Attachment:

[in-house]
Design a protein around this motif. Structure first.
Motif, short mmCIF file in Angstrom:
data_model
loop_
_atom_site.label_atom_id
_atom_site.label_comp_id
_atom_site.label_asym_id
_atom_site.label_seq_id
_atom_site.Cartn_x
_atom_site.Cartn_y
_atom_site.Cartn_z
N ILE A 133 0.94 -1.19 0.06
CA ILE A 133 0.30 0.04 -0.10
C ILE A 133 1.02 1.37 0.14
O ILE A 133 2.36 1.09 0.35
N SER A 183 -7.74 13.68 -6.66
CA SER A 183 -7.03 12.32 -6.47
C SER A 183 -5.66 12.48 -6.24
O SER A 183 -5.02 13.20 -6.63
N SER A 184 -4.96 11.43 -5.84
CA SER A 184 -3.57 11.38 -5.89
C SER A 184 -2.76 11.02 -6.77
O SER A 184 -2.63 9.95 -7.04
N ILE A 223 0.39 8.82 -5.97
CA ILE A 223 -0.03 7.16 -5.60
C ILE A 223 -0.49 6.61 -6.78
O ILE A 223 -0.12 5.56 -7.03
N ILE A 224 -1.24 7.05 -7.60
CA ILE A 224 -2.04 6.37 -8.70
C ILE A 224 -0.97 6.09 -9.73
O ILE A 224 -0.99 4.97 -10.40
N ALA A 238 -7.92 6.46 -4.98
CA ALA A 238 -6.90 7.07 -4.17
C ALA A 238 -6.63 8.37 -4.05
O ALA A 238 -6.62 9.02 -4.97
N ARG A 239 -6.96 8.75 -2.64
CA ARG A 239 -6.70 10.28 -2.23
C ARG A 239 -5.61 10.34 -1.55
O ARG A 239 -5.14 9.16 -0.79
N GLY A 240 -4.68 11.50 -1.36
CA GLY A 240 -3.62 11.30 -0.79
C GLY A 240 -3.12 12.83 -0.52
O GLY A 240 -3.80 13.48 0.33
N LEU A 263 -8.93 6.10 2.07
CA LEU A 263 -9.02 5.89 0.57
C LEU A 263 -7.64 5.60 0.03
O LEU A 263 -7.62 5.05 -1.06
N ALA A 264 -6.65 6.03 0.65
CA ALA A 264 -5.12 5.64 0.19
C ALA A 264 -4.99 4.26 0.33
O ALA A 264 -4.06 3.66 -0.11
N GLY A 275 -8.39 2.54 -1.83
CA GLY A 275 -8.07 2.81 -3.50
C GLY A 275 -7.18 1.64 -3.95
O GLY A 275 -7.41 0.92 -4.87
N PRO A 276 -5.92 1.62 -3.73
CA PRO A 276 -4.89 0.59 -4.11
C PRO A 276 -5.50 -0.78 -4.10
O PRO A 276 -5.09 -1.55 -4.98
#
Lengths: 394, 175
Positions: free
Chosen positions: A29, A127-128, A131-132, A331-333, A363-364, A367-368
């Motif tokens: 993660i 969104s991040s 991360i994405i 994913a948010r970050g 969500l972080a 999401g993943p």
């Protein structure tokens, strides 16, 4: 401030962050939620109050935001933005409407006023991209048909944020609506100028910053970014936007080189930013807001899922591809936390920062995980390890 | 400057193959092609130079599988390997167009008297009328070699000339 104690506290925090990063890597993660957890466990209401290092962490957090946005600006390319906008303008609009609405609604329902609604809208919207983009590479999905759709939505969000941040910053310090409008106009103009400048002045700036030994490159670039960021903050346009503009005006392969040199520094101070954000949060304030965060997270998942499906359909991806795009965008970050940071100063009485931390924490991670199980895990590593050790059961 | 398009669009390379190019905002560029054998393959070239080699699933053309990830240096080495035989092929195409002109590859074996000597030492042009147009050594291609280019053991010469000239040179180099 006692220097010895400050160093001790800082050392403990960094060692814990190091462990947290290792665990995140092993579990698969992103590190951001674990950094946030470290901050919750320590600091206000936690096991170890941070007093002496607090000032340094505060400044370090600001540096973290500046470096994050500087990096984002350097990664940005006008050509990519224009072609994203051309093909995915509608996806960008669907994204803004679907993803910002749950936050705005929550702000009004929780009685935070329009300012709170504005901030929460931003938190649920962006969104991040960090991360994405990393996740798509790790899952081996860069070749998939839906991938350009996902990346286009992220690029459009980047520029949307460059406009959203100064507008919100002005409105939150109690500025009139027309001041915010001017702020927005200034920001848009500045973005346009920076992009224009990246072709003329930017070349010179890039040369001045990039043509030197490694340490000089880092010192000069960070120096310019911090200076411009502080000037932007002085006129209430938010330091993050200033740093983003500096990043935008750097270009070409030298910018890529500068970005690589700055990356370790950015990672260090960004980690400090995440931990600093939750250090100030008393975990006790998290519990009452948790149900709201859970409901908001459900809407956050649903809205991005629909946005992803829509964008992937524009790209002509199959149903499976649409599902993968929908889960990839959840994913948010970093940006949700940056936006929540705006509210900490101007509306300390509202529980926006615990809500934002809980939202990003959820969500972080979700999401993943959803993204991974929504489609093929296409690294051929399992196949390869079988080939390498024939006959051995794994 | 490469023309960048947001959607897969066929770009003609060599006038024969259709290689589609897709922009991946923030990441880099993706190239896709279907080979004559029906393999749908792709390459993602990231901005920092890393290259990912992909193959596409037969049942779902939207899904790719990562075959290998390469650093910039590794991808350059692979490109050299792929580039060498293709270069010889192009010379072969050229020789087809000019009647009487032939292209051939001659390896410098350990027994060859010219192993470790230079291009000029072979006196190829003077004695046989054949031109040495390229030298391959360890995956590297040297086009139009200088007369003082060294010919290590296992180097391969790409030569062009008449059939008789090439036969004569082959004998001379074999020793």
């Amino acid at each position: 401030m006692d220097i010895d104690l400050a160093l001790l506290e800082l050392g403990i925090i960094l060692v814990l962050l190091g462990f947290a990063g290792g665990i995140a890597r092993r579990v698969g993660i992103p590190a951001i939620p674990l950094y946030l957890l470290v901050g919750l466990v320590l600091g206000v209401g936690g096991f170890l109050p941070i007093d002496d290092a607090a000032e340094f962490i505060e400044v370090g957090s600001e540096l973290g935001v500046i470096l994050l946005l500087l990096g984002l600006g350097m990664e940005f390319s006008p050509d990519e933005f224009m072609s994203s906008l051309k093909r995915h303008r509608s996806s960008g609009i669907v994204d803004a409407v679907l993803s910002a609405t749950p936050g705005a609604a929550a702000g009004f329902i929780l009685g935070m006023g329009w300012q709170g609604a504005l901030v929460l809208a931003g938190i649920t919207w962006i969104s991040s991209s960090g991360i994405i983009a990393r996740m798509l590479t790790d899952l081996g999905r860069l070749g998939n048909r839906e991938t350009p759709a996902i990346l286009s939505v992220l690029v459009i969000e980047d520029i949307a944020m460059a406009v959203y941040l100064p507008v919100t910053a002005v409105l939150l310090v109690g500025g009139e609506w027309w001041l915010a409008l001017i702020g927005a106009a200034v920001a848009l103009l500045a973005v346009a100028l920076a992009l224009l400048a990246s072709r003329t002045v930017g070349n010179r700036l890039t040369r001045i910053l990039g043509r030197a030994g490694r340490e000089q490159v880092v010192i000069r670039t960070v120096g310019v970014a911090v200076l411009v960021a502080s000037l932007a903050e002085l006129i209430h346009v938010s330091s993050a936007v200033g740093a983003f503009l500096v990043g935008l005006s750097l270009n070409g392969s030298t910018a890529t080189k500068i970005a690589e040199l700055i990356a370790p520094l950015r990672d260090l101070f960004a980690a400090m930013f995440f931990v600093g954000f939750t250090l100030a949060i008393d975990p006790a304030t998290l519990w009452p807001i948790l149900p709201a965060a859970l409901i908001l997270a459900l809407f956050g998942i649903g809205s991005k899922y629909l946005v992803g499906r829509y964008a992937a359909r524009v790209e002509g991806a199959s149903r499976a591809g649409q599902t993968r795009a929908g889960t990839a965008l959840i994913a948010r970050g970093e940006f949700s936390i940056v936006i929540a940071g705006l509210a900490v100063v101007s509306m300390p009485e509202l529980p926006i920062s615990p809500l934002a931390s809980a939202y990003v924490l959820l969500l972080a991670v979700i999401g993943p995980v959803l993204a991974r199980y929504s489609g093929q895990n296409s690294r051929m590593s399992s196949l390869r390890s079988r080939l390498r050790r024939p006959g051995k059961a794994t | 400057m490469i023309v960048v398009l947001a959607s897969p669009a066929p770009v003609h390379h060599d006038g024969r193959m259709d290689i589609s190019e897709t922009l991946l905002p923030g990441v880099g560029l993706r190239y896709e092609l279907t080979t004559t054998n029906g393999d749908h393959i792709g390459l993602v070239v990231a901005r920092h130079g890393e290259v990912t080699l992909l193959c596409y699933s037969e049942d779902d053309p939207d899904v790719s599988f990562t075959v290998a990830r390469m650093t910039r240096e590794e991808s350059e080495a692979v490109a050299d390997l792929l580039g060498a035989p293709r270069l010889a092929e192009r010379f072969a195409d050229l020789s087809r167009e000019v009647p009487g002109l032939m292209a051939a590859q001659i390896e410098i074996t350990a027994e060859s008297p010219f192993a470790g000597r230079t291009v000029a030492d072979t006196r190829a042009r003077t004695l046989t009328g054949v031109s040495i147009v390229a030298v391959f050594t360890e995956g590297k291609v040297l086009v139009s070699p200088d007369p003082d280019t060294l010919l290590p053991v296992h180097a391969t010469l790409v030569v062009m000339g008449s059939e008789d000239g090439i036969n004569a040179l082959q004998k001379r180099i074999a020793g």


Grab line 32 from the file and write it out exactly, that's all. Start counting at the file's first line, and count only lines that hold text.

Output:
O ILE A 224 -0.99 4.97 -10.40